Notes from my staycation

We spent an industrious day preparing apricot syrup and jalapeño jelly, packaging fourteen jars of each. I did some calculations regarding shipping. It actually costs less to send multiple packages of 4-5 jars (< 2kg) to the Philippines than it costs to send one big one, thanks to Canada Post’s international small packet postage rates. I’m looking forward to putting together a number of care packages, although I’m still looking for a good source for boxes. We tend to get ours from No Frills as part of their recycling program, but there usually aren’t a lot of small, sturdy boxes.

I also worked on rehabilitating the front plant box. Most of it was just tangled root mass. It was hard work digging up and removing the roots. I shook the sandy soil from the roots and discarded the roots to one side, then amended the soil with some cow manure (moo poo). I transplanted the Thai basil there. They needed room to grow, and I figured that we might as well have some edible greens out front.

This is the second week of my staycation, and I’ve discovered a lot about how I actually spend unstructured time. The strongest pull is to spend that time with W- and J-, which generally means cooking, canning, or taking photographs. I also spend a little time on individual pursuits, such as sewing, blogging, and thinking about presentations. “The Shy Connector” is shaping up nicely, and I hope to spend most of tomorrow on it. I’ve gone out to more events, too, although I need to recharge at home (introvert! =) ).

Last week felt like a week of weekends. I deliberately didn’t impose a lot of structure on the time because I wanted it to be flexible. I hadn’t set particular goals for my time, and I hadn’t used it for longer projects like an e-book (although I’m slowly nurturing that Shy Connector presentation). This week, I think I’ll bring in more focus. I want to complete the Shy Connector presentation, and I want to review all of my blog posts for interesting kernels I can develop into other blog posts, articles, and presentations. That should also get me all revved up and ready to get back to work.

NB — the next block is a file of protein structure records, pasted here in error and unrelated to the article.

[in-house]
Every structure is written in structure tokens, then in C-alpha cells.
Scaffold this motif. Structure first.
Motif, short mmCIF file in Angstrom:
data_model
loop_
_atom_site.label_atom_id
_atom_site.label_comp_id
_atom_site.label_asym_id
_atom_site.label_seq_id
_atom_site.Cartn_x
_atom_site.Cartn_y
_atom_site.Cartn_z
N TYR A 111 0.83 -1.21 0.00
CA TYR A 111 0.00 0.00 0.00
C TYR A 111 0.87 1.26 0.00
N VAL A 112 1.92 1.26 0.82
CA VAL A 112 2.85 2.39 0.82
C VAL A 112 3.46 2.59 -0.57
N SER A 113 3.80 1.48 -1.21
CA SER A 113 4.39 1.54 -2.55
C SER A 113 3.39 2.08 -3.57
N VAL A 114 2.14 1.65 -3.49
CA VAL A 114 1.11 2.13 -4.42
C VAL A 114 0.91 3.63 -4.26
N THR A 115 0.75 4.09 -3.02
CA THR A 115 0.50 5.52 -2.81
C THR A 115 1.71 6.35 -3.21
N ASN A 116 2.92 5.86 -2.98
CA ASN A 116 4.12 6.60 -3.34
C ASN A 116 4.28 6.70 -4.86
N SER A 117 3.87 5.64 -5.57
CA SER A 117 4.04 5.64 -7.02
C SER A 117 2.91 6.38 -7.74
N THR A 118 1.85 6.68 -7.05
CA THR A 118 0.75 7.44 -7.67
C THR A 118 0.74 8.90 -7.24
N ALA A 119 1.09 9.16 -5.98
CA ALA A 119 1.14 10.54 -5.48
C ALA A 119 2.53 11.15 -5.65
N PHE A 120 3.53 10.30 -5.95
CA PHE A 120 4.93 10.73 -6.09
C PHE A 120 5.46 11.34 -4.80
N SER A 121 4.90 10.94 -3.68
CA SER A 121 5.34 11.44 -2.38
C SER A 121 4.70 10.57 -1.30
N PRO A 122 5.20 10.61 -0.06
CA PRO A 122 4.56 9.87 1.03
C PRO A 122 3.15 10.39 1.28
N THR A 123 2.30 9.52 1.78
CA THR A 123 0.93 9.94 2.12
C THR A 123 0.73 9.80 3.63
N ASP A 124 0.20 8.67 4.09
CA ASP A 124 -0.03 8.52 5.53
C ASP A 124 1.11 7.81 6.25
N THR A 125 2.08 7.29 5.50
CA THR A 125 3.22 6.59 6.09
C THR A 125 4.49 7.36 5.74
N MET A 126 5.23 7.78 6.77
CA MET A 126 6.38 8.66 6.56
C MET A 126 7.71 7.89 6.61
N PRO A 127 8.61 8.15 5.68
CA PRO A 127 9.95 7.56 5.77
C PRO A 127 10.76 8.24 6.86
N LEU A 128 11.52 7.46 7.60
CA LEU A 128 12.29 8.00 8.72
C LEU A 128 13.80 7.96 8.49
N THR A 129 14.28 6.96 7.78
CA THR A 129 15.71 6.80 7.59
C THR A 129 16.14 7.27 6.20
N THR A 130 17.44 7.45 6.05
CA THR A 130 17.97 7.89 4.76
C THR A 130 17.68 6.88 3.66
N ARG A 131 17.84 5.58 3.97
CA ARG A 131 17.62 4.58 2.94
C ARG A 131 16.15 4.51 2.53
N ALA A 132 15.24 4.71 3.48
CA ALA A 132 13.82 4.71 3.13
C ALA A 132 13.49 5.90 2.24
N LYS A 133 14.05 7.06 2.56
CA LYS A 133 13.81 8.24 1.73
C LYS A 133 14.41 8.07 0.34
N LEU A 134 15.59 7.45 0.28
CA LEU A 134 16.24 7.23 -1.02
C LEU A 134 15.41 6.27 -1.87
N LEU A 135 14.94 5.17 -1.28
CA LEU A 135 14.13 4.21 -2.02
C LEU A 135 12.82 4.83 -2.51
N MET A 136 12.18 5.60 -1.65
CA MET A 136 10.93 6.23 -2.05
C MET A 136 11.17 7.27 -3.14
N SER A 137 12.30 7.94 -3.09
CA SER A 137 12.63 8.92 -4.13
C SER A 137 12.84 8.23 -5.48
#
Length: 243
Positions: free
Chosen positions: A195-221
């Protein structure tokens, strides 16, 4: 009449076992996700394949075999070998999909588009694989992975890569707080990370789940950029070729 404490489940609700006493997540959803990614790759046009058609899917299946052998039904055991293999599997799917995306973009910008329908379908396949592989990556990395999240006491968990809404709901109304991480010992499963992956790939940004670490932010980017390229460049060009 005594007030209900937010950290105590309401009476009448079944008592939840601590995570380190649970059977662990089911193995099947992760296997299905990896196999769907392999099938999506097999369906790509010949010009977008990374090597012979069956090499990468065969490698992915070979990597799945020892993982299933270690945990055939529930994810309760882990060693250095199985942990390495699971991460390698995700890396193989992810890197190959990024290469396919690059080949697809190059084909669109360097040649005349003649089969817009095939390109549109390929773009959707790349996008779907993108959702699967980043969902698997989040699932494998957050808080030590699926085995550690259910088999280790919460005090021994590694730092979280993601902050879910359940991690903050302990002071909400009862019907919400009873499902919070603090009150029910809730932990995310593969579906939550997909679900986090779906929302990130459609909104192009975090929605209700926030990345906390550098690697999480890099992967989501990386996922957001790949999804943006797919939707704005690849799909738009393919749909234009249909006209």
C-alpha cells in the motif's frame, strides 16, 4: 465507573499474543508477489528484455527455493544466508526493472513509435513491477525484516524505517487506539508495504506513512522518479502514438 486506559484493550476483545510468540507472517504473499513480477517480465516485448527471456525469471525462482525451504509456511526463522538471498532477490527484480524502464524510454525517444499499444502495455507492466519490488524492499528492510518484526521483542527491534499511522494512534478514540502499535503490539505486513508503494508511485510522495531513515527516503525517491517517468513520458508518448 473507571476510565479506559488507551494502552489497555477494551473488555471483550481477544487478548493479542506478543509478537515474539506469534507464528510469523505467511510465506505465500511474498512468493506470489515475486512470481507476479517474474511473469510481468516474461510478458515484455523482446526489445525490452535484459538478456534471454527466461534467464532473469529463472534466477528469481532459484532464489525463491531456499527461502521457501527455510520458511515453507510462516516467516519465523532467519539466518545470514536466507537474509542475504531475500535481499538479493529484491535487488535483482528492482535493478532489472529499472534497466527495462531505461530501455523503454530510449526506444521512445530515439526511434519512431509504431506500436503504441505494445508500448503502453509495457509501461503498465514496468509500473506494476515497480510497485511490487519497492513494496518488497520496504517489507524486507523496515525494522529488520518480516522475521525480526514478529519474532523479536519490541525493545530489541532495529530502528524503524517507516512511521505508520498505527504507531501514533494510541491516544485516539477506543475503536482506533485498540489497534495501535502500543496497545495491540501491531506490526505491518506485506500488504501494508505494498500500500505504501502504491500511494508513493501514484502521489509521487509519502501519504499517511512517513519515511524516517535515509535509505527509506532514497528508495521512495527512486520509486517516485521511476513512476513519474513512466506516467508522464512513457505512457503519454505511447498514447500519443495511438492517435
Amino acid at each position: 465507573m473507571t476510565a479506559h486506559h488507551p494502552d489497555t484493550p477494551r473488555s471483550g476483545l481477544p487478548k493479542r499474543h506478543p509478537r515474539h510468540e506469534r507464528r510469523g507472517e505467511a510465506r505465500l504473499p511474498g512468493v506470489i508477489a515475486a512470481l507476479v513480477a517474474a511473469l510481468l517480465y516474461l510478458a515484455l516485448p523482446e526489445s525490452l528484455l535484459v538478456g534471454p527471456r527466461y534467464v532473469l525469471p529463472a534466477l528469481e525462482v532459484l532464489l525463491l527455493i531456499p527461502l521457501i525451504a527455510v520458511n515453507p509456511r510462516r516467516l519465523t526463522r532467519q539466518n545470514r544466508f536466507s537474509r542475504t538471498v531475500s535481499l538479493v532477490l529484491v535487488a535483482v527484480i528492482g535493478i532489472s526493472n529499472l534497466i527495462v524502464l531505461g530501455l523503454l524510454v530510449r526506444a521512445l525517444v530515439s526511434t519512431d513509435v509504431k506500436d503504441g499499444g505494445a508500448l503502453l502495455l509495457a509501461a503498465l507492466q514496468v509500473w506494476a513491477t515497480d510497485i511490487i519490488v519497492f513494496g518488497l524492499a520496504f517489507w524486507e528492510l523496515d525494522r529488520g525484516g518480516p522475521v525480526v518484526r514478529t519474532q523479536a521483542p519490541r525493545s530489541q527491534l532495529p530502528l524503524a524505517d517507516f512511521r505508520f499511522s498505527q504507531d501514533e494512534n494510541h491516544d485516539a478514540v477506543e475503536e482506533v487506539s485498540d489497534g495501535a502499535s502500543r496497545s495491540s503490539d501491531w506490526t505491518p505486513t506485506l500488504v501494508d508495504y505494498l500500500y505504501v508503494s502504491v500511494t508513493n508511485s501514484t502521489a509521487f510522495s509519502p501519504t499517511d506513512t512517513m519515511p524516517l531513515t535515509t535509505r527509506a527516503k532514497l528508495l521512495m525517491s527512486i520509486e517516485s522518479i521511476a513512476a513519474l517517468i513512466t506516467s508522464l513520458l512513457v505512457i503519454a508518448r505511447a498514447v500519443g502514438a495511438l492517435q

Boston Science Museum

I cannot resist science museums. I am endlessly amused by models and
hands-on experiments. As a reward for good behavior or just for fun,
my father and I would take the motorcycle to a dusty building that
contained much-loved exhibits: an echoing shell that stretched between
floors, a wooden catenary arch, a rotating platform for demonstrating
the gyroscopic properties of a bicycle wheel… I had fun
rediscovering everything, running my fingers over the impossible
figure of the Penrose triangle and boggling again at how visual
illusions tricked me into seeing things even though I knew what’s
going on.

The Boston Science Museum is, of course, far more advanced than the
underfunded science center of my youth. This one had augmented reality
displays, lightning shows, and liquid nitrogen demos. The Star Wars
exhibit was fascinating, drawing plenty of connections between the
fantasies of the screen and the realities of current technology.
Scattered throughout the exhibit were hands-on engineering challenges:
build a magnetic levitation train from LEGO(tm), plan a Tatooine base,
experiment with robots’ facial expressions… It was fun to see adults
eyeing the interactive areas, probably also wishing that the kids
would hurry up and put the pieces back already!

It was a lot of fun, and I wish that I had more energy today. I had to
miss the MIT museum and a few other museums because of cramps, but
that’s okay. Maybe I can take the second circus. =)